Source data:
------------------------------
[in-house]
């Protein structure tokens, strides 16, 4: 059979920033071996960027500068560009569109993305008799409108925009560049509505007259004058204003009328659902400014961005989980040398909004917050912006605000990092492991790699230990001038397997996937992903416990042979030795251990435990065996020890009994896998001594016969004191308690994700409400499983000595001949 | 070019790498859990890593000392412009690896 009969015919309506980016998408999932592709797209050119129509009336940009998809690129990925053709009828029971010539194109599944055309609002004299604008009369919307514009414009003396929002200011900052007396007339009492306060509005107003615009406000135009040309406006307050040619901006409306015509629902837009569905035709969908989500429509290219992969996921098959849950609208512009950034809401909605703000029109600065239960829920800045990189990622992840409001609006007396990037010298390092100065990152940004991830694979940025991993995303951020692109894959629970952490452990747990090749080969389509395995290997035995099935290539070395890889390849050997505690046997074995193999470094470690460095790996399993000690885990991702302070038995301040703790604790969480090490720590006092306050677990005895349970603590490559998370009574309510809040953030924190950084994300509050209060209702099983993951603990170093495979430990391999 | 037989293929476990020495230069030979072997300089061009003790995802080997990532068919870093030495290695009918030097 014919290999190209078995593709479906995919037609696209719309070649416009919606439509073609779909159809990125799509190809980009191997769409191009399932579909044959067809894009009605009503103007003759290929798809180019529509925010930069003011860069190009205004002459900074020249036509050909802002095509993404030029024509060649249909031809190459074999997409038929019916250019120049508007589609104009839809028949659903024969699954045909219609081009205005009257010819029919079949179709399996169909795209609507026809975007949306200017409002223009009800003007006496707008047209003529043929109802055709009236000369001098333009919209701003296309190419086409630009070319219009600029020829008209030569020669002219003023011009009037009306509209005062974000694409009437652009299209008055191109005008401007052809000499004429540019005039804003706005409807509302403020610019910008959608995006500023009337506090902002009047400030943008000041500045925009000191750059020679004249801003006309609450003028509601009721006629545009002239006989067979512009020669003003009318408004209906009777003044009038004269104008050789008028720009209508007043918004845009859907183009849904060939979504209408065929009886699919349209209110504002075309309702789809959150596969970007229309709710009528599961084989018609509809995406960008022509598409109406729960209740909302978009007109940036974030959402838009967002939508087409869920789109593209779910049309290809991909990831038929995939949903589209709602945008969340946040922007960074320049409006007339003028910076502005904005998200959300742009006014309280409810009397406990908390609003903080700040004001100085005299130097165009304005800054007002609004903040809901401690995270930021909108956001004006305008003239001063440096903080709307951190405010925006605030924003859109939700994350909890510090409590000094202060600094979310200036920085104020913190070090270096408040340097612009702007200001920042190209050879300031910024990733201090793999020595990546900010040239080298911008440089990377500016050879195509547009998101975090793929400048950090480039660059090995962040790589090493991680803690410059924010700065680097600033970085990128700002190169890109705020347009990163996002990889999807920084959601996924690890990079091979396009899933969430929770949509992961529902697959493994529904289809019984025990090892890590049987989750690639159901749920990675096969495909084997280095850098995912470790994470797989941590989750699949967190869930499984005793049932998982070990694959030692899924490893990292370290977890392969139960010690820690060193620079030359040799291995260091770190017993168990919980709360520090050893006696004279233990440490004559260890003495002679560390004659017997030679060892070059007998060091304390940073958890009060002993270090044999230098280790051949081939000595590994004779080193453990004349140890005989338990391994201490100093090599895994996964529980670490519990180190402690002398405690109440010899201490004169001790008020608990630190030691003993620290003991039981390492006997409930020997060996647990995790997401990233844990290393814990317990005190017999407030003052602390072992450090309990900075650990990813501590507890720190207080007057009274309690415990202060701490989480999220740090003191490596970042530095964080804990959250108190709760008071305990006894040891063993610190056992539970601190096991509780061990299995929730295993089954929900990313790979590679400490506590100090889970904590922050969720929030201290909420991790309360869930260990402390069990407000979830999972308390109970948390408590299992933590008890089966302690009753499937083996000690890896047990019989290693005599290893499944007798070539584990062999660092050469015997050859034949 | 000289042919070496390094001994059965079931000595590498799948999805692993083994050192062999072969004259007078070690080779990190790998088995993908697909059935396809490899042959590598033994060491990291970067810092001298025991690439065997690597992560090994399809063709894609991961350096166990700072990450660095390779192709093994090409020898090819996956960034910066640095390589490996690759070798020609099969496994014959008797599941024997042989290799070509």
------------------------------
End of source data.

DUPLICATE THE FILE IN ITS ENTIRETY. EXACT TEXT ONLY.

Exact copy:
[in-house]
């Protein structure tokens, strides 16, 4: 059979920033071996960027500068560009569109993305008799409108925009560049509505007259004058204003009328659902400014961005989980040398909004917050912006605000990092492991790699230990001038397997996937992903416990042979030795251990435990065996020890009994896998001594016969004191308690994700409400499983000595001949 | 070019790498859990890593000392412009690896 009969015919309506980016998408999932592709797209050119129509009336940009998809690129990925053709009828029971010539194109599944055309609002004299604008009369919307514009414009003396929002200011900052007396007339009492306060509005107003615009406000135009040309406006307050040619901006409306015509629902837009569905035709969908989500429509290219992969996921098959849950609208512009950034809401909605703000029109600065239960829920800045990189990622992840409001609006007396990037010298390092100065990152940004991830694979940025991993995303951020692109894959629970952490452990747990090749080969389509395995290997035995099935290539070395890889390849050997505690046997074995193999470094470690460095790996399993000690885990991702302070038995301040703790604790969480090490720590006092306050677990005895349970603590490559998370009574309510809040953030924190950084994300509050209060209702099983993951603990170093495979430990391999 | 037989293929476990020495230069030979072997300089061009003790995802080997990532068919870093030495290695009918030097 014919290999190209078995593709479906995919037609696209719309070649416009919606439509073609779909159809990125799509190809980009191997769409191009399932579909044959067809894009009605009503103007003759290929798809180019529509925010930069003011860069190009205004002459900074020249036509050909802002095509993404030029024509060649249909031809190459074999997409038929019916250019120049508007589609104009839809028949659903024969699954045909219609081009205005009257010819029919079949179709399996169909795209609507026809975007949306200017409002223009009800003007006496707008047209003529043929109802055709009236000369001098333009919209701003296309190419086409630009070319219009600029020829008209030569020669002219003023011009009037009306509209005062974000694409009437652009299209008055191109005008401007052809000499004429540019005039804003706005409807509302403020610019910008959608995006500023009337506090902002009047400030943008000041500045925009000191750059020679004249801003006309609450003028509601009721006629545009002239006989067979512009020669003003009318408004209906009777003044009038004269104008050789008028720009209508007043918004845009859907183009849904060939979504209408065929009886699919349209209110504002075309309702789809959150596969970007229309709710009528599961084989018609509809995406960008022509598409109406729960209740909302978009007109940036974030959402838009967002939508087409869920789109593209779910049309290809991909990831038929995939949903589209709602945008969340946040922007960074320049409006007339003028910076502005904005998200959300742009006014309280409810009397406990908390609003903080700040004001100085005299130097165009304005800054007002609004903040809901401690995270930021909108956001004006305008003239001063440096903080709307951190405010925006605030924003859109939700994350909890510090409590000094202060600094979310200036920085104020913190070090270096408040340097612009702007200001920042190209050879300031910024990733201090793999020595990546900010040239080298911008440089990377500016050879195509547009998101975090793929400048950090480039660059090995962040790589090493991680803690410059924010700065680097600033970085990128700002190169890109705020347009990163996002990889999807920084959601996924690890990079091979396009899933969430929770949509992961529902697959493994529904289809019984025990090892890590049987989750690639159901749920990675096969495909084997280095850098995912470790994470797989941590989750699949967190869930499984005793049932998982070990694959030692899924490893990292370290977890392969139960010690820690060193620079030359040799291995260091770190017993168990919980709360520090050893006696004279233990440490004559260890003495002679560390004659017997030679060892070059007998060091304390940073958890009060002993270090044999230098280790051949081939000595590994004779080193453990004349140890005989338990391994201490100093090599895994996964529980670490519990180190402690002398405690109440010899201490004169001790008020608990630190030691003993620290003991039981390492006997409930020997060996647990995790997401990233844990290393814990317990005190017999407030003052602390072992450090309990900075650990990813501590507890720190207080007057009274309690415990202060701490989480999220740090003191490596970042530095964080804990959250108190709760008071305990006894040891063993610190056992539970601190096991509780061990299995929730295993089954929900990313790979590679400490506590100090889970904590922050969720929030201290909420991790309360869930260990402390069990407000979830999972308390109970948390408590299992933590008890089966302690009753499937083996000690890896047990019989290693005599290893499944007798070539584990062999660092050469015997050859034949 | 000289042919070496390094001994059965079931000595590498799948999805692993083994050192062999072969004259007078070690080779990190790998088995993908697909059935396809490899042959590598033994060491990291970067810092001298025991690439065997690597992560090994399809063709894609991961350096166990700072990450660095390779192709093994090409020898090819996956960034910066640095390589490996690759070798020609099969496994014959008797599941024997042989290799070509």